Securing a GraphQL endpoint

One of the first things we’ll typically want to do when building out any API whether its’ GraphQL or REST is to secure it against users who should not have access to it.

I’ve seen a few articles about this recently when it comes to GraphQL but these are usually about securing the entire /graphql endpoing with a single authentication / authorization policy which isn’t very nuanced, especially given the nature of GraphQL.

Defining requirements

Let’s start by definining our requirements for authentication and authorization.

  1. A valid JWT is required to be authenticated. This includes validating claims such as issuer and audience of the token.
  2. All queries / mutations (including introspection) must require authentication.
  3. The JWT token should contain scope claims.
  4. Some fields on our schema require specific scopes to access.


Looking at the list above for authentication there’s nothing specific to GraphQL here so we should be able to use the out of the box ASP.NET Core functionality that looks something like:

    .AddJwtBearer(JwtBearerDefaults.AuthenticationScheme, options => Configuration.Bind("JwtSettings", options));

With the above we’re able to correctly authenticate users with the provided JWT token but we’re not yet applying it to any requests. Let’s start with fufilling requirement 2.

Authenticating all queries / mutations

Assuming we’re using Hot Chocolates code first approach then we’ll simply call Auhorize with no parameters on the root query type. By providing no role or policy names we’re simply saying the user must be authenticated to access any fields on this type. Since this is the root query type we’re not authenticating all queries (including the introspection queries). We can complete a similar addition to the root mutation type.

public class QueryType : ObjectType<Query>
	protected override void Configure(IObjectTypeDescriptor<Query> descriptor)

        // field definitions are here


Now we have working authentication let’s work on authorization, for the purposes of this example I’m going to assume our JWT includes some claims called scope which are the parts of the schema the authenticated user. We’ll assume our scope values look something like document:read, document:write and so on.

We’re going to be using policy based authorization, so the first we’ll need to do is create some policys that enforce the scopes. In the example below we’re defining all our policies upfront, given the number of scopes we’re enforcing this is ok but as the list grows it may not be the best approach. In a later post I’ll write something up about dynamic policies.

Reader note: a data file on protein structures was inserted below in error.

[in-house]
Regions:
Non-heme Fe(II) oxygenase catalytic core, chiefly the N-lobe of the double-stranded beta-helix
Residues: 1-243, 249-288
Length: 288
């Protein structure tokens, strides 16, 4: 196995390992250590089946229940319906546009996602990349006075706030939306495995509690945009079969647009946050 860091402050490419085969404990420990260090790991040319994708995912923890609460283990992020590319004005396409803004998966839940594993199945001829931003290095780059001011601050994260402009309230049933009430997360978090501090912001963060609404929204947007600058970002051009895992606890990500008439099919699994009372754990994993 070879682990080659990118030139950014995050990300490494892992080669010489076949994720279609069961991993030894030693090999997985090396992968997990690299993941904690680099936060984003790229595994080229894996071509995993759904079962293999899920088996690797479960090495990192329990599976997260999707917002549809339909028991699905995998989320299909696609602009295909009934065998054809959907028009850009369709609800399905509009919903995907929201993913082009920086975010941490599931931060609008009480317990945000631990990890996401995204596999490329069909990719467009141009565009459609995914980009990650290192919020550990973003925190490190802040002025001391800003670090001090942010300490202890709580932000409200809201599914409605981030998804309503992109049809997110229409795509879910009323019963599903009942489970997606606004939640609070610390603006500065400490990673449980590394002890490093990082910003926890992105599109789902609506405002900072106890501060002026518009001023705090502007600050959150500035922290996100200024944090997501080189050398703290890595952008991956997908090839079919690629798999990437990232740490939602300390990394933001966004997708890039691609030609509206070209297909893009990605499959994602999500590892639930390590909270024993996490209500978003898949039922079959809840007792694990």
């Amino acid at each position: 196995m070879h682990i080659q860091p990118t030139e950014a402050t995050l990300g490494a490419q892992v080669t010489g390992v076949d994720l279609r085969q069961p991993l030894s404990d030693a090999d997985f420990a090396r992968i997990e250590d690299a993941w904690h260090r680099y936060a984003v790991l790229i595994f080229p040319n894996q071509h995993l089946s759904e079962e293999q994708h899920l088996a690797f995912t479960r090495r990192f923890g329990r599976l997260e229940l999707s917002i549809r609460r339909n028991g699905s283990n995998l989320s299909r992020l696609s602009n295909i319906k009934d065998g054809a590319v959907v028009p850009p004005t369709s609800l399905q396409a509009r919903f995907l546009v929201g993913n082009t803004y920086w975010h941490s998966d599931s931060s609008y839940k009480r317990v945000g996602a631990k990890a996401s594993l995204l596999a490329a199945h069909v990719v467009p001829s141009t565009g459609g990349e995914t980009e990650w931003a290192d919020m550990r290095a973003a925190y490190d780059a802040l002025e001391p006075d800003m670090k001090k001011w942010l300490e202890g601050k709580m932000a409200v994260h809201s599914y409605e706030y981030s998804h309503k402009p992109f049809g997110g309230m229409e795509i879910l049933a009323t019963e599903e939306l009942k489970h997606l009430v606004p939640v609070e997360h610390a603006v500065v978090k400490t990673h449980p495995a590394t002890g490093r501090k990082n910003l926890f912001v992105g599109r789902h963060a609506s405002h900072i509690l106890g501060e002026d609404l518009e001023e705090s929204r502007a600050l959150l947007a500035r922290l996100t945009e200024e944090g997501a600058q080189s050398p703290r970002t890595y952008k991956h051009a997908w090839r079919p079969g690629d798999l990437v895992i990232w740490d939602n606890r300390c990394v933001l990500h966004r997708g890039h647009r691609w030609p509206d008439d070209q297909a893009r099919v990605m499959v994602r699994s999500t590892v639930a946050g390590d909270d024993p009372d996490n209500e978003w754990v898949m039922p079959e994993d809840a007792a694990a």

services.AddAuthorization(options => {
	options.AddPolicy("scope:document:read", p => p.RequireClaim("scope", "document:read"));
	options.AddPolicy("scope:document:write", p => p.RequireClaim("scope", "document:write"));
public class MutationType : ObjectType<Mutation>
	protected override void Configure(IObjectTypeDescriptor<Mutation> descriptor)

        descriptor.Field(m => m.CreateDocument(default!))
            .Argument("input", a => a.Type<NonNullType<CreateDocumentInputType>>())

In the above code you can see us applying the @authorize diretive to the field createDocument and specifying the policy to enforce when the mutation is called.

One question that comes up often is:

If we’re enforcing the policy on the createDocument field what’s the point of the authentication on the mutation type?

In the above example the type level directive doesn’t add any more security, but it allows to create a “secure by default” position. If another developer who hasn’t had their morning coffee comes along adds a new mutation to the type but forgets to add the polcy rules then at least the user but still be authenticated to call the mutation and it’s not open to the big bad internet.

Multiple policies

One of the benefits to using policies and GraphQL is that we don’t need to just apply our policies on the root query and mutation fields, but use them across our entire schema.

type Document {
    id: ID!
    title: String!
    history: [DocumentHistory!] @authorize(policy: "scope:document:read:sensitive")

Here we’re apply a policy enforcing a policy requiring a narrower scope to a particular field on the document, so what would happen if a user had the scope document:read but not document:read:sensitive and tried to query the history?

They would receive the data they are alloed to access such as id and title, but history would be null and the errors collection of the response would include an error referring to the history field.